STATE OF EMERGENCY PRACTICES AND HUMAN RIGHTS: THE CASE OF MASS DISMISSALS OF PUBLIC EMPLOYEES IN TURKEY

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omerbedir@yahoo.com

He has a Bachelor degree in Public Administration from Marmara University, Istanbul. He received a Master degree on EU and Political Science from IEP of Strasbourg. He was admitted to the renowned French École E.N.A. (Ecole Nationale d'Administration) where he followed the "Cycle International Longue" programme. He was awarded a Ph.D. degree in Modern Turkish History from Hacettepe University, Ankara. He worked between 2005-2016 as a career diplomat at the Turkish Ministry of Foreign Affairs. He served in several Turkish diplomatic missions abroad. He is currently an independent researcher specialized in international relations and
human rights issues (Turkey).

Resumo

The declaration of state of emergency is a common legal practice used by states to overcome extraordinary situations. Within the framework of the state of emergency, on the one hand, the competences of the governments are increased and, on the other hand, the rights and freedoms of individuals are limited or suspended temporarily. The main goal of the state of emergency is to provide the necessary legal means that will enable the political government and the bureaucratic administration to end the extraordinary situation as early as possible. The governments shall use these extraordinary competences fairly and justly. These competences shall not be abused for political purposes and for intimidation of opponents. Even though the rights and freedoms can be limited or suspended during the state of emergency, basic human rights cannot be violated. Practices of the state of emergency shall strictly fall within the scope of the situation which rendered it necessary. This article examines the balance between state of emergency practices and respect for human rights in the particular case of Turkey, which declared the state of emergency in the aftermath of the failed coup of July 2016. In this respect, a special focus is devoted to the case of the mass dismissal of public servants by extraordinary decrees during the state of emergency and to the conformity of these mass dismissals with the European Convention on Human Rights.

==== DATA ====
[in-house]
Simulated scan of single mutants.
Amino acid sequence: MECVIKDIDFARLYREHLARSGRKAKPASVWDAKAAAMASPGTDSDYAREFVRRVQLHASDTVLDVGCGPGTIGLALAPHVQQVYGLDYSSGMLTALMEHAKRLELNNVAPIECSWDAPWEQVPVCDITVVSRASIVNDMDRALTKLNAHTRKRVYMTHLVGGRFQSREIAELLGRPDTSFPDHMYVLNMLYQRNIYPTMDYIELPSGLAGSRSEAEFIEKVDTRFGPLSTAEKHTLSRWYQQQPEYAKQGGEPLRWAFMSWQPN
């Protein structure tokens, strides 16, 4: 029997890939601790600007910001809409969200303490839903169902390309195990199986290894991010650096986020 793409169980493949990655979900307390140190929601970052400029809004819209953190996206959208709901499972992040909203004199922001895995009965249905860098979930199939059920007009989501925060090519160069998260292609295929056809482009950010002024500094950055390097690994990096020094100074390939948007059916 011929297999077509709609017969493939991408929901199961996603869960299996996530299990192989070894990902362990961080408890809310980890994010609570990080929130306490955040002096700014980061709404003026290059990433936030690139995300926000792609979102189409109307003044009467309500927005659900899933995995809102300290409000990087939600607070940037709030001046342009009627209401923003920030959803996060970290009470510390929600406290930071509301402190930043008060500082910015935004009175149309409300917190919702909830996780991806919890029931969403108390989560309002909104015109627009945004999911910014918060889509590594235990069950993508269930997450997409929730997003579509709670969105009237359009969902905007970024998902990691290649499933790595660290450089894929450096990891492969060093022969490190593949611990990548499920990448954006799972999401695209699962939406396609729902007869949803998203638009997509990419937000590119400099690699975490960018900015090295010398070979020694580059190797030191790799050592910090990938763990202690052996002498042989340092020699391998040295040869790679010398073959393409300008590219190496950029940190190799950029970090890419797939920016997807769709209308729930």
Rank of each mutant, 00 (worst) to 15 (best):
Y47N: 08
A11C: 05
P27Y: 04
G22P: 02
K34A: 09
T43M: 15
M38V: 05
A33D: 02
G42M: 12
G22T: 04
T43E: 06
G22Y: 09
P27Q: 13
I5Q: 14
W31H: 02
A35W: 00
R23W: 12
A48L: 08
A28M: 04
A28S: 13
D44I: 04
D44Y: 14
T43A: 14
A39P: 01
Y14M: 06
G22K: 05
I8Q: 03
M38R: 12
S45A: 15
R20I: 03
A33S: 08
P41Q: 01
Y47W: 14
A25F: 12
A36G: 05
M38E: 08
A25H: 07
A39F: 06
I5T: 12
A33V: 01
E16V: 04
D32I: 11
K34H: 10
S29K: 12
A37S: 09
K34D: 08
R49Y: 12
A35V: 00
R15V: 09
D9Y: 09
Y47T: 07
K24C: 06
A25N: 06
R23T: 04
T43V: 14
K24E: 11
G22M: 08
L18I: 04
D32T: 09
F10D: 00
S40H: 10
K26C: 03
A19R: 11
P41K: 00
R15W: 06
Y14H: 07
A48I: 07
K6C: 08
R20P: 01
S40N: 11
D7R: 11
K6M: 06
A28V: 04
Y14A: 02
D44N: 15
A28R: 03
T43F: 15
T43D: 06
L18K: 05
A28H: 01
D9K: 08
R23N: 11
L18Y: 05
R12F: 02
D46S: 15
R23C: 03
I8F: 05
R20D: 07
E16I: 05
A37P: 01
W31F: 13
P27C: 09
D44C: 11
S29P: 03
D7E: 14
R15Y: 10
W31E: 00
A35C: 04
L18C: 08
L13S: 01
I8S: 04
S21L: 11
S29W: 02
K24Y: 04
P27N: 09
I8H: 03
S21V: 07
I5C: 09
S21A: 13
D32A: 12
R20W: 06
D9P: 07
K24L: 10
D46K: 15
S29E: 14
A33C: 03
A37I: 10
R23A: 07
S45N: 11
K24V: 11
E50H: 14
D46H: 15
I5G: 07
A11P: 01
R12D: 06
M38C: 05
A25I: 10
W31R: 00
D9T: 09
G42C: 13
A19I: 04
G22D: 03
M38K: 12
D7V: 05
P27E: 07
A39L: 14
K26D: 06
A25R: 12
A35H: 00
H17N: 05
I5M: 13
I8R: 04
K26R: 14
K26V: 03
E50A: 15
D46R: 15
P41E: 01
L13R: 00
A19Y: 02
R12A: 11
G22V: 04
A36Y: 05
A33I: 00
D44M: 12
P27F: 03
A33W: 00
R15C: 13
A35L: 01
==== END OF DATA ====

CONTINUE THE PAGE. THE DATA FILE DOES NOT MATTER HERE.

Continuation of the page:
La déclaration d'état d'urgence est un moyen juridique utilisé par les États pour surmonter des situations extraordinaires. Dans le cadre d'état d'urgence, d'un part, les compétences des gouvernements sont accrues et, d'autre part, les droits et libertés des individus sont limités ou bien suspendus temporairement. L'objectif principal de l'état d'urgence est de fournir, pour mettre fin aux situations extraordinaires dans les plus brefs délais possibles, les moyens nécessaires au gouvernement et à la bureaucratie. Les gouvernements devraient utiliser les compétences extraordinaires d'une manière juste et équitable. Les compétences reconnues par l'état d'urgence ne devraient pas être utilisées à des fins politiques tel qu'intimider les opposants. Même si certains droits et libertés peuvent être limités ou bien suspendus, les droits fondamentaux ne peuvent pas être violés sous prétexte de l'état d'urgence. En plus, les pratiques d'état d'urgence devraient se limiter aux faits et aux cas qui l'ont engendré. Cet article étudie l'équilibre entre l'état d'urgence et le respect des droits de l'homme dans le cas particulier de la Turquie qui a déclaré l'état d'urgence juste après la tentative de coup d'État avorté de juillet 2016. À cet égard, une attention particulière sera consacrée aux licenciements massifs des fonctionnaires publiques par des décrets-lois extraordinaires pendant l'état d'urgence et à la conformité de ces licenciements avec la Convention Européenne des Droits de l'Homme.

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Como citar este artigo

Bedir, Ömer (2021). State of emergency practices and human rights: The case of mass dismissals of public employees in Turkey. Janus.net, e-journal of international relations. Vol12, Nº. 1, May-October 2021. Consulted [online] at date of last visit, https://doi.org/10.26619/1647-7251.12.1.12

Article received on 22 December, 2020 and accepted for publication on 10 March, 2021

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